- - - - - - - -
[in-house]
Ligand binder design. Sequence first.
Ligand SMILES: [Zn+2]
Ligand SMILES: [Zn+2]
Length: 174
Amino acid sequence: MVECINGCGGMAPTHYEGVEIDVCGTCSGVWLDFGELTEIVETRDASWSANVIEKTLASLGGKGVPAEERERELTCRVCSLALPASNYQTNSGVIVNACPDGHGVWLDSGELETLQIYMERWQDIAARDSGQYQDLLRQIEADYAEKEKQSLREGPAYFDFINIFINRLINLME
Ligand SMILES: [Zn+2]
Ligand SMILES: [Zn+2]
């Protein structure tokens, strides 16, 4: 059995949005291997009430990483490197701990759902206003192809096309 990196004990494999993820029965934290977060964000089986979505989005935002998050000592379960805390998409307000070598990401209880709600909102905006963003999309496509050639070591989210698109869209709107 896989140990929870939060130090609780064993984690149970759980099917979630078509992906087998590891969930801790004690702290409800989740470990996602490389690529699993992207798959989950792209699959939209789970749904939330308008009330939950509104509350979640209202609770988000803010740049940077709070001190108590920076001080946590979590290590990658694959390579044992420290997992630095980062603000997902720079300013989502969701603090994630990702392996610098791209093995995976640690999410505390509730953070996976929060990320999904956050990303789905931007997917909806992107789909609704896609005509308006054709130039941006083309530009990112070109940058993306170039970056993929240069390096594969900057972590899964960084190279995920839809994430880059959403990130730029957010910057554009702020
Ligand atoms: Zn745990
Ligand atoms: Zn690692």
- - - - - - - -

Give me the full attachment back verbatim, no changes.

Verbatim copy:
[in-house]
Ligand binder design. Sequence first.
Ligand SMILES: [Zn+2]
Ligand SMILES: [Zn+2]
Length: 174
Amino acid sequence: MVECINGCGGMAPTHYEGVEIDVCGTCSGVWLDFGELTEIVETRDASWSANVIEKTLASLGGKGVPAEERERELTCRVCSLALPASNYQTNSGVIVNACPDGHGVWLDSGELETLQIYMERWQDIAARDSGQYQDLLRQIEADYAEKEKQSLREGPAYFDFINIFINRLINLME
Ligand SMILES: [Zn+2]
Ligand SMILES: [Zn+2]
């Protein structure tokens, strides 16, 4: 059995949005291997009430990483490197701990759902206003192809096309 990196004990494999993820029965934290977060964000089986979505989005935002998050000592379960805390998409307000070598990401209880709600909102905006963003999309496509050639070591989210698109869209709107 896989140990929870939060130090609780064993984690149970759980099917979630078509992906087998590891969930801790004690702290409800989740470990996602490389690529699993992207798959989950792209699959939209789970749904939330308008009330939950509104509350979640209202609770988000803010740049940077709070001190108590920076001080946590979590290590990658694959390579044992420290997992630095980062603000997902720079300013989502969701603090994630990702392996610098791209093995995976640690999410505390509730953070996976929060990320999904956050990303789905931007997917909806992107789909609704896609005509308006054709130039941006083309530009990112070109940058993306170039970056993929240069390096594969900057972590899964960084190279995920839809994430880059959403990130730029957010910057554009702020
Ligand atoms: Zn745990
Ligand atoms: Zn690692």